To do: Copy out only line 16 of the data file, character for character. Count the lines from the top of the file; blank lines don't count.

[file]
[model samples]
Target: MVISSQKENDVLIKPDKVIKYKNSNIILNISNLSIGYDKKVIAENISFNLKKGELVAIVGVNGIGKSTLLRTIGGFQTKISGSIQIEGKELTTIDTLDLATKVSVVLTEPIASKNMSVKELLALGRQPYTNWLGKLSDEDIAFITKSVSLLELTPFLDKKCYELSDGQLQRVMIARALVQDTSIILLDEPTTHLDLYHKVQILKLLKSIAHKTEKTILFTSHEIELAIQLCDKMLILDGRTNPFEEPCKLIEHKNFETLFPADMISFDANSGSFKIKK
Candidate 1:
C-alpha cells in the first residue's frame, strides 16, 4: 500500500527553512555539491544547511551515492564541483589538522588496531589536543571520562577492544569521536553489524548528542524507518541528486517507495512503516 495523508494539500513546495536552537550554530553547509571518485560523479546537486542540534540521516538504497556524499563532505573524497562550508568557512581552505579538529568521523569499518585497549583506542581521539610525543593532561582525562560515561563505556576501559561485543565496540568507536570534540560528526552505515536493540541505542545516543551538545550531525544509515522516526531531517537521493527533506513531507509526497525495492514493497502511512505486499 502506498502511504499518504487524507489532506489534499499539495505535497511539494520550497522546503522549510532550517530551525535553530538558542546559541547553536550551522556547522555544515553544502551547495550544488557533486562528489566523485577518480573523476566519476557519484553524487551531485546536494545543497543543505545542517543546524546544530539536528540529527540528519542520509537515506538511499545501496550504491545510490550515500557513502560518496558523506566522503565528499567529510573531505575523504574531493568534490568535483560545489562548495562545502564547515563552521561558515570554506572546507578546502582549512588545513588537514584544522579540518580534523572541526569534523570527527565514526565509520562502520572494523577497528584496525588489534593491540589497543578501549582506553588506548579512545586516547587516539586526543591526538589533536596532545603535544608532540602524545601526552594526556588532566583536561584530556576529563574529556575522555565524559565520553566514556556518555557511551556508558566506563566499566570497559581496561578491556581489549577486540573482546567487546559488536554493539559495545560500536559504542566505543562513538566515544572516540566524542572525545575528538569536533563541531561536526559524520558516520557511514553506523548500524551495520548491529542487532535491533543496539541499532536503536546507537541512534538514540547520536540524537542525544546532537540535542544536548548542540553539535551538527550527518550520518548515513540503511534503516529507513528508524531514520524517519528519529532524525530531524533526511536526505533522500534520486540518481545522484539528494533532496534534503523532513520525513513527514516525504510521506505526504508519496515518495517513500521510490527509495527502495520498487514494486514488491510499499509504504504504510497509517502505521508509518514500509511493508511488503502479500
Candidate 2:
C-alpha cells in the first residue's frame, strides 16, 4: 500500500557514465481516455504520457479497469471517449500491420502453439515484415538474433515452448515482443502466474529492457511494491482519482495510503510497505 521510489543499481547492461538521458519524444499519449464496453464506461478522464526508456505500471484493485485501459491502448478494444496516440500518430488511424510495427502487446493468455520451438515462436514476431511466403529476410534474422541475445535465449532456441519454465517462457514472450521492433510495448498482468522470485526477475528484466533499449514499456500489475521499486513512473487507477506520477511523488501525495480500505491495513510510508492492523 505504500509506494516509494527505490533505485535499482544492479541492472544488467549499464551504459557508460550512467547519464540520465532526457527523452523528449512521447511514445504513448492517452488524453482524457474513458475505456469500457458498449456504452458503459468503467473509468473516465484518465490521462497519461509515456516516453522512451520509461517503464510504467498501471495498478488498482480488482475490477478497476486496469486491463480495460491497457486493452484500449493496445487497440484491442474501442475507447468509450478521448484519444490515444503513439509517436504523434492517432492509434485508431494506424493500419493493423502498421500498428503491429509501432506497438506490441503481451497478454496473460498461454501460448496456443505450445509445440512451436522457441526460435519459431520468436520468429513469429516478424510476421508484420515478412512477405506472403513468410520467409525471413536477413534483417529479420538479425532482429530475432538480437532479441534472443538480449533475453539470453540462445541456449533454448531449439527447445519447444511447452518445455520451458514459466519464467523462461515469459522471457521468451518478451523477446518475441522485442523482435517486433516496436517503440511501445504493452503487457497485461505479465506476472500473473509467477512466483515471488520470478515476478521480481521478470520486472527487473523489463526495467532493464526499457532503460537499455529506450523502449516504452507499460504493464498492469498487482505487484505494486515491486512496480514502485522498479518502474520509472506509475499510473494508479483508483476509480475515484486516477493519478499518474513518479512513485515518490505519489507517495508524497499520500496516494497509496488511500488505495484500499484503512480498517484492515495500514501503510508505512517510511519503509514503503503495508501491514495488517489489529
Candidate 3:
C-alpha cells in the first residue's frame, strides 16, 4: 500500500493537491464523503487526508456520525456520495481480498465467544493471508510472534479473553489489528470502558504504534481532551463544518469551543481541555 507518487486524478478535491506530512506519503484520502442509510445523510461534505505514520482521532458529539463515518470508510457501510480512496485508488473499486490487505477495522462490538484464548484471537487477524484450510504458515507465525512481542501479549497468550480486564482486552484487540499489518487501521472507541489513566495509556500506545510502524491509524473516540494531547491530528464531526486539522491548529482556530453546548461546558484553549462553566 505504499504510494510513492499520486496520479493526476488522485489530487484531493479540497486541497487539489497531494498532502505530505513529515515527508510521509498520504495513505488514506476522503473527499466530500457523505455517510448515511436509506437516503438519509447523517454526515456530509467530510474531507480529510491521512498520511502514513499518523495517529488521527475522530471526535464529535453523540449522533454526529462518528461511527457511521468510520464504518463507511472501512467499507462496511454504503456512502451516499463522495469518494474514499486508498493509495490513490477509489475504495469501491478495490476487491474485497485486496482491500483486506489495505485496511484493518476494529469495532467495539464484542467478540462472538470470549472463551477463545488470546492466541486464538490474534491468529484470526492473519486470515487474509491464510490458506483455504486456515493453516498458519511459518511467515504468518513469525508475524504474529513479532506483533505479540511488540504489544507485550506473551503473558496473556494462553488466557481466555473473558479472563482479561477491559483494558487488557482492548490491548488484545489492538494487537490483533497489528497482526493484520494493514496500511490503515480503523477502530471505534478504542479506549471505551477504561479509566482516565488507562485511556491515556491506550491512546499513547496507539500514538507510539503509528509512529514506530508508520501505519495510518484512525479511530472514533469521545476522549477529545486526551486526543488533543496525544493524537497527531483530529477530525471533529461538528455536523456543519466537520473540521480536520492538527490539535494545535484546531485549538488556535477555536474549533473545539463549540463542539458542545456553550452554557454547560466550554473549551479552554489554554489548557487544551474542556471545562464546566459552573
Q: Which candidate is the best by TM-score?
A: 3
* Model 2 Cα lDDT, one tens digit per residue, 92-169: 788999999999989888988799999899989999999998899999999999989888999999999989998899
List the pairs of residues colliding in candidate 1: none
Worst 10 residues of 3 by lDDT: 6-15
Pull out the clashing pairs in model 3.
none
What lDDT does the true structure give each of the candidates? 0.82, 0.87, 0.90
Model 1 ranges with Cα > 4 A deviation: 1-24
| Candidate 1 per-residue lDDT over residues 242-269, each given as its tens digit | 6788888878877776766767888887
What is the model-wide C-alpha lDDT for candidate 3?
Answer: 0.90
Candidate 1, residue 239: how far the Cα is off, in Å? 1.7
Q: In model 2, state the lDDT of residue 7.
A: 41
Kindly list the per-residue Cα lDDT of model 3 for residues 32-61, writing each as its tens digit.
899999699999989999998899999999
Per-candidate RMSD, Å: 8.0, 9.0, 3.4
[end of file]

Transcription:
What lDDT does the true structure give each of the candidates? 0.82, 0.87, 0.90